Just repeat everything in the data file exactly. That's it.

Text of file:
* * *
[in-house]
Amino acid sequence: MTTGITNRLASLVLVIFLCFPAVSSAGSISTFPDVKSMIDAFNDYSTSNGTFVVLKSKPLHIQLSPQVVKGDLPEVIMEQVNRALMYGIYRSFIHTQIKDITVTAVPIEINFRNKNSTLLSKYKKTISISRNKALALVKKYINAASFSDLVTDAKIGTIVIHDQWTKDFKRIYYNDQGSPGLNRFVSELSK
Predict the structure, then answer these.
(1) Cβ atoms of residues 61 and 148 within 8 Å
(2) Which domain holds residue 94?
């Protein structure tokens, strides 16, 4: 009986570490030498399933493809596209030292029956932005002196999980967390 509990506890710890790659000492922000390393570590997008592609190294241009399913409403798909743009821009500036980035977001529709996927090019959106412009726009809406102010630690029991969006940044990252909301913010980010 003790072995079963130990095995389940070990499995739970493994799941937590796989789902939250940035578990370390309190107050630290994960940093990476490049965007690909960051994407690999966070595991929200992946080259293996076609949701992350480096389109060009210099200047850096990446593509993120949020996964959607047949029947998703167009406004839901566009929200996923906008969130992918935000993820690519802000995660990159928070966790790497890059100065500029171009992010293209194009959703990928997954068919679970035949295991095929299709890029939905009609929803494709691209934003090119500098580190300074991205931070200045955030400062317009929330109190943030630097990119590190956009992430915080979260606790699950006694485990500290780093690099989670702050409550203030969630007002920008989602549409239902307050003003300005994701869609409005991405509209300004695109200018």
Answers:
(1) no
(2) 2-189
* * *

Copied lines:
[in-house]
Amino acid sequence: MTTGITNRLASLVLVIFLCFPAVSSAGSISTFPDVKSMIDAFNDYSTSNGTFVVLKSKPLHIQLSPQVVKGDLPEVIMEQVNRALMYGIYRSFIHTQIKDITVTAVPIEINFRNKNSTLLSKYKKTISISRNKALALVKKYINAASFSDLVTDAKIGTIVIHDQWTKDFKRIYYNDQGSPGLNRFVSELSK
Predict the structure, then answer these.
(1) Cβ atoms of residues 61 and 148 within 8 Å
(2) Which domain holds residue 94?
């Protein structure tokens, strides 16, 4: 009986570490030498399933493809596209030292029956932005002196999980967390 509990506890710890790659000492922000390393570590997008592609190294241009399913409403798909743009821009500036980035977001529709996927090019959106412009726009809406102010630690029991969006940044990252909301913010980010 003790072995079963130990095995389940070990499995739970493994799941937590796989789902939250940035578990370390309190107050630290994960940093990476490049965007690909960051994407690999966070595991929200992946080259293996076609949701992350480096389109060009210099200047850096990446593509993120949020996964959607047949029947998703167009406004839901566009929200996923906008969130992918935000993820690519802000995660990159928070966790790497890059100065500029171009992010293209194009959703990928997954068919679970035949295991095929299709890029939905009609929803494709691209934003090119500098580190300074991205931070200045955030400062317009929330109190943030630097990119590190956009992430915080979260606790699950006694485990500290780093690099989670702050409550203030969630007002920008989602549409239902307050003003300005994701869609409005991405509209300004695109200018």
Answers:
(1) no
(2) 2-189